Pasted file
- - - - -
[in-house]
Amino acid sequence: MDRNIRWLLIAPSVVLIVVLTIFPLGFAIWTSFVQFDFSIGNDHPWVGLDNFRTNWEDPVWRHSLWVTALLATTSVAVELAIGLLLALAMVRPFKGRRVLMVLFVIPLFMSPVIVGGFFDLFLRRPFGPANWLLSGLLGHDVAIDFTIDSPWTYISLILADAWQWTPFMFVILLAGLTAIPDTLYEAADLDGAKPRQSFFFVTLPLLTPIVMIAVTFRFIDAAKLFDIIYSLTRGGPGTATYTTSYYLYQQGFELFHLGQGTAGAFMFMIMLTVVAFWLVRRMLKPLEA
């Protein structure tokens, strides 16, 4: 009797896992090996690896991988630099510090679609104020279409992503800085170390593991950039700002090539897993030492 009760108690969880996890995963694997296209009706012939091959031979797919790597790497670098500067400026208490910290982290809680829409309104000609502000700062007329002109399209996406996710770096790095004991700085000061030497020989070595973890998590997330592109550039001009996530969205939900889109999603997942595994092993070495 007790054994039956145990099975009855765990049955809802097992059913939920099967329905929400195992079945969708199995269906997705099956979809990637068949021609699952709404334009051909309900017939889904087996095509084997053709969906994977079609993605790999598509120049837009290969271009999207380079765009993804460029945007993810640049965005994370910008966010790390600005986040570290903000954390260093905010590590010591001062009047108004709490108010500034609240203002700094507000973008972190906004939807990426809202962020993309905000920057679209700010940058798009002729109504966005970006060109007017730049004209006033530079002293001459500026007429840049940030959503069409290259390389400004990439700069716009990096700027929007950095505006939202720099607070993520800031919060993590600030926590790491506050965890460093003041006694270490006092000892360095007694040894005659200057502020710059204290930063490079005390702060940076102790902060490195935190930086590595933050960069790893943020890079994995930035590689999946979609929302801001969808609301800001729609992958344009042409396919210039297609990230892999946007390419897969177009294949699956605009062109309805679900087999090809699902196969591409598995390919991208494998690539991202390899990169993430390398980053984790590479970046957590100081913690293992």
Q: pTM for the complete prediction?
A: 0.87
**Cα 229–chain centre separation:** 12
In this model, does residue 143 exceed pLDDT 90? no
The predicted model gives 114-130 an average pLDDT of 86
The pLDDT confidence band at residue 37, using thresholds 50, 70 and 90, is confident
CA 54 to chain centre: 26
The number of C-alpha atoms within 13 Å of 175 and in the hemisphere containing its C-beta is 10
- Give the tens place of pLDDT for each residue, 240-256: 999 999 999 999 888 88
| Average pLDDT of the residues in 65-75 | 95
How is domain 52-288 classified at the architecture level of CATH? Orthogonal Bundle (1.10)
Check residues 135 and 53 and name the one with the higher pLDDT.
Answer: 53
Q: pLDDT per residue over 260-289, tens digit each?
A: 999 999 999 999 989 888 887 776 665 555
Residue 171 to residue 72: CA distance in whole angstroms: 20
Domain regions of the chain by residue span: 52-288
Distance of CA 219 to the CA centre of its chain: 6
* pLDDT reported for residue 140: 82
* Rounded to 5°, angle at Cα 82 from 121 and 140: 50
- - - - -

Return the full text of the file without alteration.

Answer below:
[in-house]
Amino acid sequence: MDRNIRWLLIAPSVVLIVVLTIFPLGFAIWTSFVQFDFSIGNDHPWVGLDNFRTNWEDPVWRHSLWVTALLATTSVAVELAIGLLLALAMVRPFKGRRVLMVLFVIPLFMSPVIVGGFFDLFLRRPFGPANWLLSGLLGHDVAIDFTIDSPWTYISLILADAWQWTPFMFVILLAGLTAIPDTLYEAADLDGAKPRQSFFFVTLPLLTPIVMIAVTFRFIDAAKLFDIIYSLTRGGPGTATYTTSYYLYQQGFELFHLGQGTAGAFMFMIMLTVVAFWLVRRMLKPLEA
């Protein structure tokens, strides 16, 4: 009797896992090996690896991988630099510090679609104020279409992503800085170390593991950039700002090539897993030492 009760108690969880996890995963694997296209009706012939091959031979797919790597790497670098500067400026208490910290982290809680829409309104000609502000700062007329002109399209996406996710770096790095004991700085000061030497020989070595973890998590997330592109550039001009996530969205939900889109999603997942595994092993070495 007790054994039956145990099975009855765990049955809802097992059913939920099967329905929400195992079945969708199995269906997705099956979809990637068949021609699952709404334009051909309900017939889904087996095509084997053709969906994977079609993605790999598509120049837009290969271009999207380079765009993804460029945007993810640049965005994370910008966010790390600005986040570290903000954390260093905010590590010591001062009047108004709490108010500034609240203002700094507000973008972190906004939807990426809202962020993309905000920057679209700010940058798009002729109504966005970006060109007017730049004209006033530079002293001459500026007429840049940030959503069409290259390389400004990439700069716009990096700027929007950095505006939202720099607070993520800031919060993590600030926590790491506050965890460093003041006694270490006092000892360095007694040894005659200057502020710059204290930063490079005390702060940076102790902060490195935190930086590595933050960069790893943020890079994995930035590689999946979609929302801001969808609301800001729609992958344009042409396919210039297609990230892999946007390419897969177009294949699956605009062109309805679900087999090809699902196969591409598995390919991208494998690539991202390899990169993430390398980053984790590479970046957590100081913690293992």
Q: pTM for the complete prediction?
A: 0.87
**Cα 229–chain centre separation:** 12
In this model, does residue 143 exceed pLDDT 90? no
The predicted model gives 114-130 an average pLDDT of 86
The pLDDT confidence band at residue 37, using thresholds 50, 70 and 90, is confident
CA 54 to chain centre: 26
The number of C-alpha atoms within 13 Å of 175 and in the hemisphere containing its C-beta is 10
- Give the tens place of pLDDT for each residue, 240-256: 999 999 999 999 888 88
| Average pLDDT of the residues in 65-75 | 95
How is domain 52-288 classified at the architecture level of CATH? Orthogonal Bundle (1.10)
Check residues 135 and 53 and name the one with the higher pLDDT.
Answer: 53
Q: pLDDT per residue over 260-289, tens digit each?
A: 999 999 999 999 989 888 887 776 665 555
Residue 171 to residue 72: CA distance in whole angstroms: 20
Domain regions of the chain by residue span: 52-288
Distance of CA 219 to the CA centre of its chain: 6
* pLDDT reported for residue 140: 82
* Rounded to 5°, angle at Cα 82 from 121 and 140: 50